In the conventional approach to VSP and surface seismic imaging, the VSP and surface seismic data sets are processed and migrated independently. The VSP image is then spliced into the surface seismic result. Although good images can be obtained in this way (e.g. Hinds et al., 1993; Zhu and Lines, 1994), this method has some drawbacks. First, the portion of the surface seismic image where the VSP image is spliced in is discarded, and secondly, the VSP image may not tie well with the surface seismic image on the first attempt if the velocity model and imaging algorithm used for migration of the two data sets were not exactly the same.
In this work, a new approach to VSP and surface seismic depth migration was developed and tested on both synthetic and field data from the Rocky Mountain Foothills of southern Alberta, Canada. Instead of splicing the VSP image into the section derived from the surface seismic data, a new migration algorithm and a single velocity model were used to migrate both data sets into a common output grid. The two images were then scaled and summed to yield one integrated depth-migrated section. The latter had increased vertical resolution, due to the higher frequency content of the VSP data, and good lateral event continuity, since the same velocity model was used for migration. The image also contained enhanced structural detail, since no part of the surface seismic image had been discarded in the integration process. The use of a common migration-velocity model also assured there were no misties. This resulted in optimum well ties and a robust interpretation.
In order to test this integrated VSP and surface seismic depth imaging approach, a new VSP and surface seismic anisotropic prestack depth migration (PSDM) algorithm was developed. The algorithm, which is diffraction-stack based, can handle anisotropy (VTI and TTI) as well as different wave modes (pure-modes, converted waves and multi-modes). The VSP and surface seismic data sets are migrated separately to a common output grid using the same algorithm and migration-velocity model. The VSP image is then muted and scaled, and summed with the surface seismic image to yield the integrated depth section.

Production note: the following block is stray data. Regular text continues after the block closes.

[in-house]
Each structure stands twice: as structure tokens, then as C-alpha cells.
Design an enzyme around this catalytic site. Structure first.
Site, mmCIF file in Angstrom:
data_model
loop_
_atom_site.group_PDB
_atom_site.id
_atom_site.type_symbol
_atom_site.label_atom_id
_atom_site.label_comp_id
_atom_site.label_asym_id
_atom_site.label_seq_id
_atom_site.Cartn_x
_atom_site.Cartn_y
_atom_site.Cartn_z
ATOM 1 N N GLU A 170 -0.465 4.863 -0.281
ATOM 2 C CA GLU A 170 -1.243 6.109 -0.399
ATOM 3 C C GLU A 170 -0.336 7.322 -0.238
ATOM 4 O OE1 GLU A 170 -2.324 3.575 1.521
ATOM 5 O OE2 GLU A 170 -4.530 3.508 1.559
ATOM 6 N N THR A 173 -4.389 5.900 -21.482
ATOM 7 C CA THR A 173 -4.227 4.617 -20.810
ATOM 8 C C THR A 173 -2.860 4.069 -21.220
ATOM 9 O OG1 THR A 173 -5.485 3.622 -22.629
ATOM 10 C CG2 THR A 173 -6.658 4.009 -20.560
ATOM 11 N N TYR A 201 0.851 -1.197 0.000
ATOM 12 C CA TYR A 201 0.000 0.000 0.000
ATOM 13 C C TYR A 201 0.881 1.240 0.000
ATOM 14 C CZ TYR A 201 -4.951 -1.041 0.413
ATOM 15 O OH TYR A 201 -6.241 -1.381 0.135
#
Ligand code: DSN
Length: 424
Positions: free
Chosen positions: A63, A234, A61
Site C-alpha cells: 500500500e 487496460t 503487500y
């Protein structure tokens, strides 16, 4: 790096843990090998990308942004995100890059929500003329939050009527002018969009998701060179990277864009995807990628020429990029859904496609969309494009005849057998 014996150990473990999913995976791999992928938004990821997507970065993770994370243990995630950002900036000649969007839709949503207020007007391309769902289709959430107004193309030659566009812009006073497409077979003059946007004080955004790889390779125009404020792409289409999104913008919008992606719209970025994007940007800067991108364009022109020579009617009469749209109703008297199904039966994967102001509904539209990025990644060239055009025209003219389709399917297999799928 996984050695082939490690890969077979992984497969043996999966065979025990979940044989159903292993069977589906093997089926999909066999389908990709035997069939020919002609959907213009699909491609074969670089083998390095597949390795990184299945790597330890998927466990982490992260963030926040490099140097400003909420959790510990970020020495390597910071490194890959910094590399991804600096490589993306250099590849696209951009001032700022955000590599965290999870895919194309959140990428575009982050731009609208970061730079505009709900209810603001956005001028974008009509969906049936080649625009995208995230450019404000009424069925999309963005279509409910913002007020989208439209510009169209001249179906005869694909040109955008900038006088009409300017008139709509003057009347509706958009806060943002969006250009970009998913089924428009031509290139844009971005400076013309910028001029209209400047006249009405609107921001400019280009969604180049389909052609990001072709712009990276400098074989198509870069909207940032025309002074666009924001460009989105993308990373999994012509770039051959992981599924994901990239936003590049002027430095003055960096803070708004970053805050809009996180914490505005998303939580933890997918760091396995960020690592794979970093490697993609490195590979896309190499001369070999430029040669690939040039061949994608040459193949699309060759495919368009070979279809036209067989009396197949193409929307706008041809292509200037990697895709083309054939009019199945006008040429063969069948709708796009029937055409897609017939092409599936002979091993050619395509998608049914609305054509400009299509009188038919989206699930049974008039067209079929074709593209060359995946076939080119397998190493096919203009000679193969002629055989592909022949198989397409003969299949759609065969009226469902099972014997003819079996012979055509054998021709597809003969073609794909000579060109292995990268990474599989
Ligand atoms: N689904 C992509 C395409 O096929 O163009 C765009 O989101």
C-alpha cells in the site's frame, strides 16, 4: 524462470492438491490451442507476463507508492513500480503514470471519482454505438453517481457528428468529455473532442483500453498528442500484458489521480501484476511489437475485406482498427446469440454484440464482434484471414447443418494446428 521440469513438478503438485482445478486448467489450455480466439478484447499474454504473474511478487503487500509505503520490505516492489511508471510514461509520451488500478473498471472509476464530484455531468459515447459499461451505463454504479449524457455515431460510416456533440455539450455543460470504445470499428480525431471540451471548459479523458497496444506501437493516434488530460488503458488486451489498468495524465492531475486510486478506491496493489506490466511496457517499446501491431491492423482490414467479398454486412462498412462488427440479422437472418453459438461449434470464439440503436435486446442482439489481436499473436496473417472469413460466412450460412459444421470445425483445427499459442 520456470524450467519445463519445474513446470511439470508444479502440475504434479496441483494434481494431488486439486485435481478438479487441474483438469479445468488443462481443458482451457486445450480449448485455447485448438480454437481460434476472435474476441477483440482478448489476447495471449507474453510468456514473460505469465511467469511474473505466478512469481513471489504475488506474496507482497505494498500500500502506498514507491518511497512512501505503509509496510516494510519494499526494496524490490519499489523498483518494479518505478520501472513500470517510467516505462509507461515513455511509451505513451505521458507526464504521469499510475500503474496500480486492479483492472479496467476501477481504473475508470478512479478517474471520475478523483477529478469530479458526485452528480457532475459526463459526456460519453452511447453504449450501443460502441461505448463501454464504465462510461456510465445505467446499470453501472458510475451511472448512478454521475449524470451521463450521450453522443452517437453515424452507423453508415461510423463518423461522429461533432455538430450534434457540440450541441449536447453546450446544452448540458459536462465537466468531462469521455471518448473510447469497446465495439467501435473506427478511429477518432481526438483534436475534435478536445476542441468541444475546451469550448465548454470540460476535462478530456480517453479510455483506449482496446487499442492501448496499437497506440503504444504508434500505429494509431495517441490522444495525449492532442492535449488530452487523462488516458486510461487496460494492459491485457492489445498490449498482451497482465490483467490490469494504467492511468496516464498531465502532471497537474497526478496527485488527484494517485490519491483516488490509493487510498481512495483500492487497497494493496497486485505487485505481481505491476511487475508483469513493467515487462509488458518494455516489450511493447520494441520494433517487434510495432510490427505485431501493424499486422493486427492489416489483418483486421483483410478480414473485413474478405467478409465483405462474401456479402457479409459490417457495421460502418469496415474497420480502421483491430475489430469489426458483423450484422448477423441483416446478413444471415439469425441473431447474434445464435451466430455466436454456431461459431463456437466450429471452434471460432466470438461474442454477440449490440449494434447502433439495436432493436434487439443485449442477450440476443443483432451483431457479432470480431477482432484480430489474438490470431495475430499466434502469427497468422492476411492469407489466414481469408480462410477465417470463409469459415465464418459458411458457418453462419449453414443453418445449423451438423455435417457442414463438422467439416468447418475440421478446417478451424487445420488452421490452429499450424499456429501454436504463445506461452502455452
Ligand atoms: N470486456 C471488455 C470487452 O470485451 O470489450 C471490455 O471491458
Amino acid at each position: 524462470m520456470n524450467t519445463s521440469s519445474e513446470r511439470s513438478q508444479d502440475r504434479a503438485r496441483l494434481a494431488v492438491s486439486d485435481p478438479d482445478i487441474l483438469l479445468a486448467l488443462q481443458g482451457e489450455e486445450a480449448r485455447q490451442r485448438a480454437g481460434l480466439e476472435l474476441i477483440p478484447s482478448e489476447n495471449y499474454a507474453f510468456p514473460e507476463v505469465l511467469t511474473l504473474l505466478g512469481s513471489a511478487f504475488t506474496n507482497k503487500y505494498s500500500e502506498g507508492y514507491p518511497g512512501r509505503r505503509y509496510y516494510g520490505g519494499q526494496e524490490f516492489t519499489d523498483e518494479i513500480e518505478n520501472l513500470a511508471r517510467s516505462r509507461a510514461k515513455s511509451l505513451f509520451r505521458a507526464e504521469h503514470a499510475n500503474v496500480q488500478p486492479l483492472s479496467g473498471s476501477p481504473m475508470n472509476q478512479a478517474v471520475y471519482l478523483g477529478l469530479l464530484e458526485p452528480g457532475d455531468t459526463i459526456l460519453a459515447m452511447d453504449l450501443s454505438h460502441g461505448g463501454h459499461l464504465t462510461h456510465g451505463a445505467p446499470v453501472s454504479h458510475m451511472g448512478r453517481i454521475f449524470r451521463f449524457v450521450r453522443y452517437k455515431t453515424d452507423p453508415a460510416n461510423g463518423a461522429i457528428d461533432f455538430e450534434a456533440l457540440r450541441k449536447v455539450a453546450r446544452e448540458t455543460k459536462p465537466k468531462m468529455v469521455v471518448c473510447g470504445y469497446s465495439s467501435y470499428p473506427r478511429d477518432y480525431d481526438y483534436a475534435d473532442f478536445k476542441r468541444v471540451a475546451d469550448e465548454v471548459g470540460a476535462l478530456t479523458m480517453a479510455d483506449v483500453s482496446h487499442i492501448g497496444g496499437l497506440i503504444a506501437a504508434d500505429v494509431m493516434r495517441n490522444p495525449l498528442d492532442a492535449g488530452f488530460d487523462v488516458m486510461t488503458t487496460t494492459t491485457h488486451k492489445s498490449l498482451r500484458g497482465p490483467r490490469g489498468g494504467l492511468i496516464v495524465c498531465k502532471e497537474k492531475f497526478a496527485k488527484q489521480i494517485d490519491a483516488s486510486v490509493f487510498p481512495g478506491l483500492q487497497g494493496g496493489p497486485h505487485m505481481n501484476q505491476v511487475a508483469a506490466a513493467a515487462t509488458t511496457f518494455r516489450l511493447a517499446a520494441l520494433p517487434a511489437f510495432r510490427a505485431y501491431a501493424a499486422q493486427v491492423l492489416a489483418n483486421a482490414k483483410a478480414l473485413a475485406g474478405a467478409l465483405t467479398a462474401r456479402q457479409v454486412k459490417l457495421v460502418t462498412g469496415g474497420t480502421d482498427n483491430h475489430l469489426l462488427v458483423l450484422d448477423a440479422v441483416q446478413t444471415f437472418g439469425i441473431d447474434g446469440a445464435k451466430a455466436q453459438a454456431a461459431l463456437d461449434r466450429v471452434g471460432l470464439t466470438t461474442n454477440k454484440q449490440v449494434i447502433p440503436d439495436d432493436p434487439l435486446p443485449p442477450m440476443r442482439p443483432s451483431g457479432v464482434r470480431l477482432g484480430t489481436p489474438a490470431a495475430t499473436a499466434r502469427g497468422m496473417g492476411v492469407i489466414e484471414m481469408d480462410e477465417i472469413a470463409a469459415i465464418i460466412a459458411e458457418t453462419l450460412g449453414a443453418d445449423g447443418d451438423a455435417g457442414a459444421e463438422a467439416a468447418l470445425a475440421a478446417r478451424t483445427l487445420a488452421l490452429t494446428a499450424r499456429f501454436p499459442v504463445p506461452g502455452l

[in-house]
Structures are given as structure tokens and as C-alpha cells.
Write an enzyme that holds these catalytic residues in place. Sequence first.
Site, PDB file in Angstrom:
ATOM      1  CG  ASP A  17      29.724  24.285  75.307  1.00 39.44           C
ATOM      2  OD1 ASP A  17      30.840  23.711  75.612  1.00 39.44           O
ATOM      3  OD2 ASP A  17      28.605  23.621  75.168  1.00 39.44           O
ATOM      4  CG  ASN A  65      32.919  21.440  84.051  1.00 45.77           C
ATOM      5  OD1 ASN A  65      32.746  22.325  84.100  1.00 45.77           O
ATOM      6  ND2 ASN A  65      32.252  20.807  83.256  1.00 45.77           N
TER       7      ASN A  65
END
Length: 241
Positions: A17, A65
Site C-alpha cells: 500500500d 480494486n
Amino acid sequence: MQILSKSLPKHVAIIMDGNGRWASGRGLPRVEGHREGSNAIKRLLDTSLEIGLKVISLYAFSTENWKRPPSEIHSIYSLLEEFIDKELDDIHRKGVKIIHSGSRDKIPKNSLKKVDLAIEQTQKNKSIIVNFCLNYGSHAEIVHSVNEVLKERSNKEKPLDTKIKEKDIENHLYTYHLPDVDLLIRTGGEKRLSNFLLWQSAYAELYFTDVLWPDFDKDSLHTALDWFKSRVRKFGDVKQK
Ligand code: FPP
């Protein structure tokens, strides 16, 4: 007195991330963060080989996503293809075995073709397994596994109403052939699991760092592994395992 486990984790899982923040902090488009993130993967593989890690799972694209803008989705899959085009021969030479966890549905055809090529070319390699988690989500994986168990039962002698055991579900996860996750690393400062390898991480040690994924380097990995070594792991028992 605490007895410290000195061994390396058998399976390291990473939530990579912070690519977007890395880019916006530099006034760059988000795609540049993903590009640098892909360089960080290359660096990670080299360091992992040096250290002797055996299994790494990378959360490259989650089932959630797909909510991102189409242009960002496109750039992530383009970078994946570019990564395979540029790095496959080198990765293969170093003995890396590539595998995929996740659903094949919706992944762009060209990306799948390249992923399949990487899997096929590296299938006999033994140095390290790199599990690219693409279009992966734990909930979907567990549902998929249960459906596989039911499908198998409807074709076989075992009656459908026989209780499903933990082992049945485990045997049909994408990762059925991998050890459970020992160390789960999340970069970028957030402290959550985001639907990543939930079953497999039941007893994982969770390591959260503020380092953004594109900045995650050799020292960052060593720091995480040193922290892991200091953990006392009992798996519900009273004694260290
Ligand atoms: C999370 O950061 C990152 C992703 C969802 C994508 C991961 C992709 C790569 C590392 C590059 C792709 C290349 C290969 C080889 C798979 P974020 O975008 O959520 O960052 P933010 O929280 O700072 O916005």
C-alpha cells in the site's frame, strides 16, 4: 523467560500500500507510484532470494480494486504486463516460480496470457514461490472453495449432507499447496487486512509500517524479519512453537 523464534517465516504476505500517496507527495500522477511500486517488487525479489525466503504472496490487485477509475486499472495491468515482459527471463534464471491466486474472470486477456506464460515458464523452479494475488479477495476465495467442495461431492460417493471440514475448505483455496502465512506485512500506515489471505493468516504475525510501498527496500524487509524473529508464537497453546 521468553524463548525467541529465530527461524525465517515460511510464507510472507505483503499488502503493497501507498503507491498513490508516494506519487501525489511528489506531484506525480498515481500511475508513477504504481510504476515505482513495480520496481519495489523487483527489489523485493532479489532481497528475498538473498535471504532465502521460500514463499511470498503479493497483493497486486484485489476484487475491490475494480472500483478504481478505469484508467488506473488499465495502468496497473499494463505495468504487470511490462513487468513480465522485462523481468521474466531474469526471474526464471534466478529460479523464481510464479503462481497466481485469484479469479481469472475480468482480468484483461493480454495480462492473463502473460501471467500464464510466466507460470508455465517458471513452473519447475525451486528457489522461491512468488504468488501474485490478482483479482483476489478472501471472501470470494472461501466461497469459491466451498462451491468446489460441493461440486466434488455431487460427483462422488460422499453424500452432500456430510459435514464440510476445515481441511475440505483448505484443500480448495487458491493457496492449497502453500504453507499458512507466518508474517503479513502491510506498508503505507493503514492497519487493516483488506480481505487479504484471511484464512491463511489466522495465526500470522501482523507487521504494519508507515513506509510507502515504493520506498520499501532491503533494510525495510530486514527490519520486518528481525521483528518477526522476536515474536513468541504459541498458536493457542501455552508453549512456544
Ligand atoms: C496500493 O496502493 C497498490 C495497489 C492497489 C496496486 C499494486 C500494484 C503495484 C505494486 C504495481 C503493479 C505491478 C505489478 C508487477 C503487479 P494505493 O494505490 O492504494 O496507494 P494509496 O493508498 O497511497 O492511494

Field Data Example
After the method was successfully tested on numerical data sets (Kirtland Grech et al., 2001a) it was then applied to the field data on which the numerical modelling was based (Figure 1). The field data used in this study comes from the Rocky Mountain Foothills of southern Alberta, Canada. A plan view of the surface seismic line, the VSP well and the shot locations for the multi-offset VSP are shown in Figure 1. The structural geology in the area is characterized by steeply-dipping anisotropic clastics of Mesozoic age, which overlie Palaeozoic carbonates. The exploration target in this case lies in the hanging wall of a thrust sheet in the Upper Palaeozoic.
The surface seismic dip line was shot in 1990 for PanCanadian Petroleum, using split-spread acquisition geometry with a shot interval of 100 m and a receiver interval of 20 m. Maximum offset was 3681 m. The multi-offset VSP was acquired in 1999 for Anderson Exploration, using a vibroseis source and a 5-level 3- component tool (Kirtland Grech et al., 2001b). The multi-offset VSP was acquired for two purposes - anisotropy analysis and depth imaging. Whereas data from all the VSP shots were used for anisotropy analysis, only the four shots closest to the well (NE1, NE2, SW1 and ZERO on Figure 1), which were purposely acquired with a smaller tool spacing, were used for depth imaging. Data from these four VSP shots and the surface seismic line were then processed for pre-stack depth migration. Atypical shot gather from each data set is shown in Figure 2.